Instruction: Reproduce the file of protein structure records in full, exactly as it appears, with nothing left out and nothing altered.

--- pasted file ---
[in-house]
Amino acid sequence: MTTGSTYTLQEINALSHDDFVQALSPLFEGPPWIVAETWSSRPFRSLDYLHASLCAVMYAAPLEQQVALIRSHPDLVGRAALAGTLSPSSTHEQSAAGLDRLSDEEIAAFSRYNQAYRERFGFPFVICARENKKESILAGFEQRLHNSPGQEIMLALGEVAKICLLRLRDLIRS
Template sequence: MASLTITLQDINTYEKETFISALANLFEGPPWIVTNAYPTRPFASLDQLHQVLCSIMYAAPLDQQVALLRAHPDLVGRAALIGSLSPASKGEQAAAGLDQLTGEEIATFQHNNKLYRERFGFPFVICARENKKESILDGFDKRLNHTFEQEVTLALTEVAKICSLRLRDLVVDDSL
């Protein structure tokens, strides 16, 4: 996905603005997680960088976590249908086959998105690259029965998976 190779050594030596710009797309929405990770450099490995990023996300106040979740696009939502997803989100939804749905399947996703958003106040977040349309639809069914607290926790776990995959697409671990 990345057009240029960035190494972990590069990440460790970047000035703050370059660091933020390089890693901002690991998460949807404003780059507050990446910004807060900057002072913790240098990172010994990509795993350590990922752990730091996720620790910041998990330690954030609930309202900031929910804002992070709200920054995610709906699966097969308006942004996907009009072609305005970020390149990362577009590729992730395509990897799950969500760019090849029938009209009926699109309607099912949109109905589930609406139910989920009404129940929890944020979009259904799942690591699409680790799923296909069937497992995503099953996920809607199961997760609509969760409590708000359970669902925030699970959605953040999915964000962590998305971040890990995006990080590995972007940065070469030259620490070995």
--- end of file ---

[in-house]
Amino acid sequence: MTTGSTYTLQEINALSHDDFVQALSPLFEGPPWIVAETWSSRPFRSLDYLHASLCAVMYAAPLEQQVALIRSHPDLVGRAALAGTLSPSSTHEQSAAGLDRLSDEEIAAFSRYNQAYRERFGFPFVICARENKKESILAGFEQRLHNSPGQEIMLALGEVAKICLLRLRDLIRS
Template sequence: MASLTITLQDINTYEKETFISALANLFEGPPWIVTNAYPTRPFASLDQLHQVLCSIMYAAPLDQQVALLRAHPDLVGRAALIGSLSPASKGEQAAAGLDQLTGEEIATFQHNNKLYRERFGFPFVICARENKKESILDGFDKRLNHTFEQEVTLALTEVAKICSLRLRDLVVDDSL
């Protein structure tokens, strides 16, 4: 996905603005997680960088976590249908086959998105690259029965998976 190779050594030596710009797309929405990770450099490995990023996300106040979740696009939502997803989100939804749905399947996703958003106040977040349309639809069914607290926790776990995959697409671990 990345057009240029960035190494972990590069990440460790970047000035703050370059660091933020390089890693901002690991998460949807404003780059507050990446910004807060900057002072913790240098990172010994990509795993350590990922752990730091996720620790910041998990330690954030609930309202900031929910804002992070709200920054995610709906699966097969308006942004996907009009072609305005970020390149990362577009590729992730395509990897799950969500760019090849029938009209009926699109309607099912949109109905589930609406139910989920009404129940929890944020979009259904799942690591699409680790799923296909069937497992995503099953996920809607199961997760609509969760409590708000359970669902925030699970959605953040999915964000962590998305971040890990995006990080590995972007940065070469030259620490070995």